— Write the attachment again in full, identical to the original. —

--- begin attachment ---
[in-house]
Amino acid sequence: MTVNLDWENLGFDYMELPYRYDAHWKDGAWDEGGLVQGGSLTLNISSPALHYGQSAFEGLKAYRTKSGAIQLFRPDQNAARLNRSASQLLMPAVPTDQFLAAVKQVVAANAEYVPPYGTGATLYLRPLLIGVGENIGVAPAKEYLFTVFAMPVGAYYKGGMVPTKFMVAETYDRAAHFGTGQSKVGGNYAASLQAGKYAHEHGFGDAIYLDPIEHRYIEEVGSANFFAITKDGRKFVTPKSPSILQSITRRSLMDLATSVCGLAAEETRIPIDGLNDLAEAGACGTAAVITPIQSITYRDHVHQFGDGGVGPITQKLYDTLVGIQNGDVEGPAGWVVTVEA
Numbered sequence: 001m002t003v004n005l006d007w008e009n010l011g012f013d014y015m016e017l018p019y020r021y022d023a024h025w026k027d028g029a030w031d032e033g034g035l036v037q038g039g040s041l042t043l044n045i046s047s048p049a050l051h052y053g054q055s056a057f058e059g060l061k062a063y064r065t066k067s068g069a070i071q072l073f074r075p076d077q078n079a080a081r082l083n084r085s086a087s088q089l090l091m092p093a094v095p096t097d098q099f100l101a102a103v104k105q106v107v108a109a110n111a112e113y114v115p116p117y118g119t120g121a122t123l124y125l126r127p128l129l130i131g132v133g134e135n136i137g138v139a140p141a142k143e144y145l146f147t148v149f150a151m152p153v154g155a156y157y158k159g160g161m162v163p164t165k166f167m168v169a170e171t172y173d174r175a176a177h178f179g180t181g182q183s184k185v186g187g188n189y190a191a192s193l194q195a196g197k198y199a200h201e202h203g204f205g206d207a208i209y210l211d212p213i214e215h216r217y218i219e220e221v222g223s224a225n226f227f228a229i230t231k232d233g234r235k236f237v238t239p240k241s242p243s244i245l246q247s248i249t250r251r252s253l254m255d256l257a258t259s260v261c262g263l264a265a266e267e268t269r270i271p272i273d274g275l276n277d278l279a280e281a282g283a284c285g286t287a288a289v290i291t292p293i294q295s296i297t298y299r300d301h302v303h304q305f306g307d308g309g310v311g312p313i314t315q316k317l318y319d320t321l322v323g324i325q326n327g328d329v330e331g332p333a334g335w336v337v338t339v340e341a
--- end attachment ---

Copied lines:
[in-house]
Amino acid sequence: MTVNLDWENLGFDYMELPYRYDAHWKDGAWDEGGLVQGGSLTLNISSPALHYGQSAFEGLKAYRTKSGAIQLFRPDQNAARLNRSASQLLMPAVPTDQFLAAVKQVVAANAEYVPPYGTGATLYLRPLLIGVGENIGVAPAKEYLFTVFAMPVGAYYKGGMVPTKFMVAETYDRAAHFGTGQSKVGGNYAASLQAGKYAHEHGFGDAIYLDPIEHRYIEEVGSANFFAITKDGRKFVTPKSPSILQSITRRSLMDLATSVCGLAAEETRIPIDGLNDLAEAGACGTAAVITPIQSITYRDHVHQFGDGGVGPITQKLYDTLVGIQNGDVEGPAGWVVTVEA
Numbered sequence: 001m002t003v004n005l006d007w008e009n010l011g012f013d014y015m016e017l018p019y020r021y022d023a024h025w026k027d028g029a030w031d032e033g034g035l036v037q038g039g040s041l042t043l044n045i046s047s048p049a050l051h052y053g054q055s056a057f058e059g060l061k062a063y064r065t066k067s068g069a070i071q072l073f074r075p076d077q078n079a080a081r082l083n084r085s086a087s088q089l090l091m092p093a094v095p096t097d098q099f100l101a102a103v104k105q106v107v108a109a110n111a112e113y114v115p116p117y118g119t120g121a122t123l124y125l126r127p128l129l130i131g132v133g134e135n136i137g138v139a140p141a142k143e144y145l146f147t148v149f150a151m152p153v154g155a156y157y158k159g160g161m162v163p164t165k166f167m168v169a170e171t172y173d174r175a176a177h178f179g180t181g182q183s184k185v186g187g188n189y190a191a192s193l194q195a196g197k198y199a200h201e202h203g204f205g206d207a208i209y210l211d212p213i214e215h216r217y218i219e220e221v222g223s224a225n226f227f228a229i230t231k232d233g234r235k236f237v238t239p240k241s242p243s244i245l246q247s248i249t250r251r252s253l254m255d256l257a258t259s260v261c262g263l264a265a266e267e268t269r270i271p272i273d274g275l276n277d278l279a280e281a282g283a284c285g286t287a288a289v290i291t292p293i294q295s296i297t298y299r300d301h302v303h304q305f306g307d308g309g310v311g312p313i314t315q316k317l318y319d320t321l322v323g324i325q326n327g328d329v330e331g332p333a334g335w336v337v338t339v340e341a